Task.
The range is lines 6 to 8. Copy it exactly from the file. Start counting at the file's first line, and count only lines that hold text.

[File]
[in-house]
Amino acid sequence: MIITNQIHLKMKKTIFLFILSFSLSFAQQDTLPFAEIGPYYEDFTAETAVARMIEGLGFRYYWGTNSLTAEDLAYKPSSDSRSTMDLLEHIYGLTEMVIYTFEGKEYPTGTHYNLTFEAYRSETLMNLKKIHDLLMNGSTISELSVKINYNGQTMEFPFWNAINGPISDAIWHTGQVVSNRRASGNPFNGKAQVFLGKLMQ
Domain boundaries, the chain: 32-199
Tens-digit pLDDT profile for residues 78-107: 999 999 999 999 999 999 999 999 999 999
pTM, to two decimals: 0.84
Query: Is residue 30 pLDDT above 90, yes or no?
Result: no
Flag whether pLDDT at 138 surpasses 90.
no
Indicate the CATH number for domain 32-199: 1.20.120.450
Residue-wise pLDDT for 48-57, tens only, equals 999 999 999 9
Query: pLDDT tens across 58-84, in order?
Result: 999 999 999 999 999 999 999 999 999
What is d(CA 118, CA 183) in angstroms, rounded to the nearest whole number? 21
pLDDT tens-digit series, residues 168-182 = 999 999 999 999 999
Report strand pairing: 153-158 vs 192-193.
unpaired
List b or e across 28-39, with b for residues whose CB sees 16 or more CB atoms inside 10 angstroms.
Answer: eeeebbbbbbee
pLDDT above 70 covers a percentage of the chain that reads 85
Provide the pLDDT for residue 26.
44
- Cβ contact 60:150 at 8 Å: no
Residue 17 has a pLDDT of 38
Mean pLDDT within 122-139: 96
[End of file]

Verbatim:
Query: Is residue 30 pLDDT above 90, yes or no?
Result: no
Flag whether pLDDT at 138 surpasses 90.